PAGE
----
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In the Storm
The sand storm was going to be a problem.
When the wind had shifted earlier, I had thought nothing of it. But now sand was swirling all around and slipping in between the cracks of my goggles, making my eyes itch. What was worse was that, because of the sand storm, my scope of the men standing guard on the roof across from me was limited.
I couldn’t take them out as easily as I had thought, but it was still possible.
It had to be.
Using my binoculars, I zoomed in on the two men grimacing against the storm. I had to admit they were loyal, if them standing out in such a cacophony was any indication. All of them were; the two at the back, four in the front, and the aforementioned two on the roof.
I shifted the binoculars to down near the door, peeking my head up over the stone lip of the roof. From what I could tell, all the men had various guns, swords, and flat little disks that would most likely burn me alive if they attached to my skin. That would be a problem if I was going to get any closer than I already was.
Which I wasn’t planning on doing.
Dropping the binoculars at my side, I picked up my stunner and carefully aimed it towards one of the men on the roof; lefty was as good as any mark. Unlike righty, he had his scarf pulled low like someone who was used to such a storm, his pale skin winking at me from the scope attached to my gun.
If the storm got any worse, he would be tasting sand for weeks. Already, I could feel the itch of sand in between my knees, elbows, and the curve of my thighs.
A single bath would never suffice.
Shaking off my thoughts, I adjusted my gun and peered into the sight. His neck was wide open.
I inhaled carefully, chest rising against the butt of the gun, and then exhaled as I pulled the trigger.
The perfect shot.
The dart flew through the wind; an object too heavy to be blown away, but not so much so that it would fall out of the sky. Without a sound, it sank into the guard’s skin and stayed buried, the barbs extending to emit the sleeping poison.
Before I could blink, he had fallen. And before his friend could do anything, another dart was piercing his flesh and putting him soundlessly to sleep. Swiveling my gun’s sight down, I made sure the guards below hadn’t noticed anything.
Nope. They were still standing near the door, heads ducked against the wind.
I smiled only slightly, barely a flutter of the lips. Of course, I still tasted sand, but my plan was working.
If I kept on track, that is.
Putting my gun aside, I sifted through the bag at my feet and pulled out a smaller, simpler gun. This one wasn’t to shoot or kill, but to grapple onto the lip of the building across from me so I could climb across.
Quick and quiet.
In a sand storm.
Using the little dot at the end of the barrel, I lined it up to the top of the lip, holding my breath.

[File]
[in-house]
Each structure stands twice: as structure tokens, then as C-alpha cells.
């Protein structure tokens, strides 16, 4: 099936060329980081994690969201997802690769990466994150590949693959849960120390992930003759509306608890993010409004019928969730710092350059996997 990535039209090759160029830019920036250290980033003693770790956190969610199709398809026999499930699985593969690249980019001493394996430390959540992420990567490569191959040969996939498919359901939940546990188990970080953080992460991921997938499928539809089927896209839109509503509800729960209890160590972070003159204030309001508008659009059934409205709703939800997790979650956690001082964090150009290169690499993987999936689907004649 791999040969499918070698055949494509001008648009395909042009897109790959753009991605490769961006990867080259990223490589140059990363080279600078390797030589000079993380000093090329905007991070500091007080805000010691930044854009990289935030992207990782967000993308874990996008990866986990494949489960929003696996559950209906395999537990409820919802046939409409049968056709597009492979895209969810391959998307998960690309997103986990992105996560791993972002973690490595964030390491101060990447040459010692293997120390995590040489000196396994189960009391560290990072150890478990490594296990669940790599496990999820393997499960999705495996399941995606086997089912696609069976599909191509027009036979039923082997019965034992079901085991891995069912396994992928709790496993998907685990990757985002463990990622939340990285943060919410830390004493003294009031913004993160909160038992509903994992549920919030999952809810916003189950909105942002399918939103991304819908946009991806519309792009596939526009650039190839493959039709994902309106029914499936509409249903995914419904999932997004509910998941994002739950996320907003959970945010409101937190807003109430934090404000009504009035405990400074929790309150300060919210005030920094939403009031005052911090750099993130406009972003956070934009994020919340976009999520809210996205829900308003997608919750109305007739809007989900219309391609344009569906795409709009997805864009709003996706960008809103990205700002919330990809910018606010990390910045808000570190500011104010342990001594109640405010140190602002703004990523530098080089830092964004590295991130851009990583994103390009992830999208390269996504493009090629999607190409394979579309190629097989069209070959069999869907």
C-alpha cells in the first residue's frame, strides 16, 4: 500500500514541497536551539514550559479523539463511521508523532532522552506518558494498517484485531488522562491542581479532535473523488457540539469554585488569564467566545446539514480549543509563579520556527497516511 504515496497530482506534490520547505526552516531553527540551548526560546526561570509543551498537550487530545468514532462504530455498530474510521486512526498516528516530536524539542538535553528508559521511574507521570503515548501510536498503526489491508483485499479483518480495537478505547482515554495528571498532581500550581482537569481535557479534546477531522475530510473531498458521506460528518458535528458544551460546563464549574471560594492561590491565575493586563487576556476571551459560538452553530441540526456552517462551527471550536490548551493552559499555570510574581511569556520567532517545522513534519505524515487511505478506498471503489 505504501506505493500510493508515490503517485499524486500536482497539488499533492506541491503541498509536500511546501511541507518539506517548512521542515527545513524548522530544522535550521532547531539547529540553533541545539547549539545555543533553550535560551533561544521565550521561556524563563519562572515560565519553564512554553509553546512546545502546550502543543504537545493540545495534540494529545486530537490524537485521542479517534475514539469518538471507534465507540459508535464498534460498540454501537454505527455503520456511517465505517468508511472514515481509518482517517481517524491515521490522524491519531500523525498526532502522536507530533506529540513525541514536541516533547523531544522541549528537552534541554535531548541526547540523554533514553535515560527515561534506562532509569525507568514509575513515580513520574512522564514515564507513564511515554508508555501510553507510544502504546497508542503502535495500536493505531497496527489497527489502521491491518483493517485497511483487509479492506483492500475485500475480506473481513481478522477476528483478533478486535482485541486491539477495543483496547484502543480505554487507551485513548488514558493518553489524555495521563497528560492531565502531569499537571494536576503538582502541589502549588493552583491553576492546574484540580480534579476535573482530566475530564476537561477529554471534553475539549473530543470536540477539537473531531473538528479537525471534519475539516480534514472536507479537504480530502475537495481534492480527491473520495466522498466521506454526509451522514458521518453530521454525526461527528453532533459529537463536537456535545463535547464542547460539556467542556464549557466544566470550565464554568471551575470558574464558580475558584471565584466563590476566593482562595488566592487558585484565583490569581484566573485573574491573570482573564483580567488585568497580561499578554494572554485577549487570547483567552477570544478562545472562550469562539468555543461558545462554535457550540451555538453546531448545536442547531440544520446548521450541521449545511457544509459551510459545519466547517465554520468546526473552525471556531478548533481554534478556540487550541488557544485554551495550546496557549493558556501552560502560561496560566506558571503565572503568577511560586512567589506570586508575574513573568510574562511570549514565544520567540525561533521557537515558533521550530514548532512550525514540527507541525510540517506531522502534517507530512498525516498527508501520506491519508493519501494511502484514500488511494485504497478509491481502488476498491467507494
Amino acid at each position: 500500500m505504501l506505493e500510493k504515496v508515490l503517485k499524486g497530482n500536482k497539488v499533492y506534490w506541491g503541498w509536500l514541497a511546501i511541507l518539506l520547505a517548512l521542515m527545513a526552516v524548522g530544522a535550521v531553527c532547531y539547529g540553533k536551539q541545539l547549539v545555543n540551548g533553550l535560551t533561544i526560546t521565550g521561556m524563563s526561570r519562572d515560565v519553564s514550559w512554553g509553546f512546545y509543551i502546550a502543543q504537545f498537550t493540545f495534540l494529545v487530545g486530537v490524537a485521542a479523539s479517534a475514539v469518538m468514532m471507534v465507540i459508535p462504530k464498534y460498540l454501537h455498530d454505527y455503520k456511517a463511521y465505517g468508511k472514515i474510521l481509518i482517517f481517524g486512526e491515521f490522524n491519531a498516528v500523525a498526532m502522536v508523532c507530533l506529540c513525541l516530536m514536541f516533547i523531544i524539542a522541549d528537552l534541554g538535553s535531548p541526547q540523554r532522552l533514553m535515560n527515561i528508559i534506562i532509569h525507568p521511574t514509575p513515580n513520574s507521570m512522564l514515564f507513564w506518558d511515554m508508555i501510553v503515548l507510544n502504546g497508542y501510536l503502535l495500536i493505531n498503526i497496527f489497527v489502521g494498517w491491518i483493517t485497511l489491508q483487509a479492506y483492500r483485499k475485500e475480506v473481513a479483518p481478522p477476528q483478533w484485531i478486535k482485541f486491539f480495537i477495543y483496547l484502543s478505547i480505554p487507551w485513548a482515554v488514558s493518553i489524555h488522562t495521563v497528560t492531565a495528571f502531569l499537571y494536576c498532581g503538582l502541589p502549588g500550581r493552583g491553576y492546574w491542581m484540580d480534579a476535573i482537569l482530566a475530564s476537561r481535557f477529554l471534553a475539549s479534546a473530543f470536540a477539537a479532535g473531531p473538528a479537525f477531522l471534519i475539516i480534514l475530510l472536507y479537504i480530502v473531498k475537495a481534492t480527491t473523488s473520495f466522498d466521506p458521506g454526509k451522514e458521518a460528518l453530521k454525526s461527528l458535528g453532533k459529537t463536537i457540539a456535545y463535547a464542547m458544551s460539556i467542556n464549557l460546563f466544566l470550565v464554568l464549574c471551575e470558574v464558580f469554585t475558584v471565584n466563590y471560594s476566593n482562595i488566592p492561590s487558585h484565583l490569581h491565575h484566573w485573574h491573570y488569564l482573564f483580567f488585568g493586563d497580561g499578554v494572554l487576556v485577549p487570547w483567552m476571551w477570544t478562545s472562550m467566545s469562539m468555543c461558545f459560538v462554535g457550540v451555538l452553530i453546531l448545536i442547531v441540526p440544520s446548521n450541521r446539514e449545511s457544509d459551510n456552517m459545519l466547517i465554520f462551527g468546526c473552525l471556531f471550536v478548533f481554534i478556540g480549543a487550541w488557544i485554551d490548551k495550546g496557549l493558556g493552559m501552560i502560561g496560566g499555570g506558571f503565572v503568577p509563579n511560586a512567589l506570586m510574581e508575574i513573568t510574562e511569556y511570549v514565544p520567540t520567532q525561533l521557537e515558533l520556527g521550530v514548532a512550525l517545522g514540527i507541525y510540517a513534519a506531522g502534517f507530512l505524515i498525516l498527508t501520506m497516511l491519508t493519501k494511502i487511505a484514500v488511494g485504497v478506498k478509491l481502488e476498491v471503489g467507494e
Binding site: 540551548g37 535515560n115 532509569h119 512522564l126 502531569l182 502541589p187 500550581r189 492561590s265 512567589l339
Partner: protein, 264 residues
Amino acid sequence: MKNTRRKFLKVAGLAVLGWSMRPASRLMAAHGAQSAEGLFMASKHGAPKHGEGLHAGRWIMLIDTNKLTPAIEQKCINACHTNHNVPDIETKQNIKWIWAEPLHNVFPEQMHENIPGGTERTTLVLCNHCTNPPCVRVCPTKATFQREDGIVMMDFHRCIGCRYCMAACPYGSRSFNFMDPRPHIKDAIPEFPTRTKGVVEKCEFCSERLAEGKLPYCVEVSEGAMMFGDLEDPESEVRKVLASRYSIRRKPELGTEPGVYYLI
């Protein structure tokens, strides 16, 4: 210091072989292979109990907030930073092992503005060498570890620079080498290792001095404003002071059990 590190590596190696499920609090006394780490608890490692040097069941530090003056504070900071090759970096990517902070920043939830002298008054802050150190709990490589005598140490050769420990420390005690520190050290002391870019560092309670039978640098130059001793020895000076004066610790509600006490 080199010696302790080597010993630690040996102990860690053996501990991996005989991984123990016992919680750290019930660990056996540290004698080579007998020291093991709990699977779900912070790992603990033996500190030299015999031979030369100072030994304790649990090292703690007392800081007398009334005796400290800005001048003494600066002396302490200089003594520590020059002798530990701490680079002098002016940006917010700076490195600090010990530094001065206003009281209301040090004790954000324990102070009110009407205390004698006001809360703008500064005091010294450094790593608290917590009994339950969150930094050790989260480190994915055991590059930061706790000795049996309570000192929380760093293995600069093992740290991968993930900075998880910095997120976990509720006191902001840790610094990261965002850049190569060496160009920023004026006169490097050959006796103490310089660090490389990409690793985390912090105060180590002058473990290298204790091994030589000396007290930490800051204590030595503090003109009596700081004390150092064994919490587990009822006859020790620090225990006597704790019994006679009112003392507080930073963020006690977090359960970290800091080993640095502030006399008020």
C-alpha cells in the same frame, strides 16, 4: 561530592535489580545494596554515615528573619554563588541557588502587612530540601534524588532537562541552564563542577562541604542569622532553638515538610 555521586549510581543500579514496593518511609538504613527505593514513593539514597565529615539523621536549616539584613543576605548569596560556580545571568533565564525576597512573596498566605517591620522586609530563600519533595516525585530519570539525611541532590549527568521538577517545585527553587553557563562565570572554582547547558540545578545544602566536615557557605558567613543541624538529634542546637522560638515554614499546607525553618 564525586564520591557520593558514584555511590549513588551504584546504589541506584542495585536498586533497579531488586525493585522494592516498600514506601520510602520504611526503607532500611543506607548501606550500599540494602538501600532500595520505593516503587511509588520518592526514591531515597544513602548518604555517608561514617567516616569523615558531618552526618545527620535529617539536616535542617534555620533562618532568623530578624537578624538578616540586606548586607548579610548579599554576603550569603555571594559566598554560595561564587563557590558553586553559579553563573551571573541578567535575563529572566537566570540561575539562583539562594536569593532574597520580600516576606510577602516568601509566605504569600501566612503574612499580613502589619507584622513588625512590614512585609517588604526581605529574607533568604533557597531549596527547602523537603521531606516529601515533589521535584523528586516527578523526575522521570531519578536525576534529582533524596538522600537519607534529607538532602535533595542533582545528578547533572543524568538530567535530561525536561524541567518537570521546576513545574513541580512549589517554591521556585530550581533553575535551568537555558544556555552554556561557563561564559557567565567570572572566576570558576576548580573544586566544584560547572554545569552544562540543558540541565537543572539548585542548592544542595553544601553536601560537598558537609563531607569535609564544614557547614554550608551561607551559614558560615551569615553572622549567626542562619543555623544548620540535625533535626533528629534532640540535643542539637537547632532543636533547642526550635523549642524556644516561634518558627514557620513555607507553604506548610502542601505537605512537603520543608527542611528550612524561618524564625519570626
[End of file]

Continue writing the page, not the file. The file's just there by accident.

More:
The end of a rope, studded with claws, flew out and away from the gun, attaching to the roof with a scrape I felt in my bones. Panic stroked a finger down my spine as I fumbled for my binoculars. The guards were still leaning against the house, unaware of any movement above them.
I exhaled in relief, putting aside my binoculars, and detached my side of the rope from the gun, tying it to a spike I had driven through the stone of the roof. This next part would be the hardest, but I steeled myself and emptied my pockets of everything but a knife and a little laser.
If all went to plan, I wouldn’t need the knife.
Wiping my goggles with sandy hands, I took a moment to steel myself. Then, with my scarf wound more firmly around my mouth, I grabbed onto the rope and swung beneath it.
For a moment, panic took over as I hung there, biceps shaking, but then sense kicked in and I wrapped my legs about the rope too, swiveling my head to the guards nearly invisible in the storm.
Silence and stillness.
Not wasting any more time, I used my arms to pull myself forward, trying not to think of what my blood would look like smeared on the earth below. Or what the authorities would tell my sister if I fell.
Stop it, I chastised myself, moving a little faster.
Finally, my fisted hands hit stone and I struggled onto the roof amidst the sleeping guards. I only stopped to drape the foolish guard’s scarf around his mouth and bare face, not wanting him to smother in such a storm. I had seen firsthand what a sand storm could do to someone, and it wasn’t something I would ever wish upon even my worst enemy.
After I had hidden his face, I sprinted to the hatch set in the ground and carefully pried it up. Darkness greeted me, the kind that had something to hide, and I gently dropped to the floor, the hatch banging shut above me.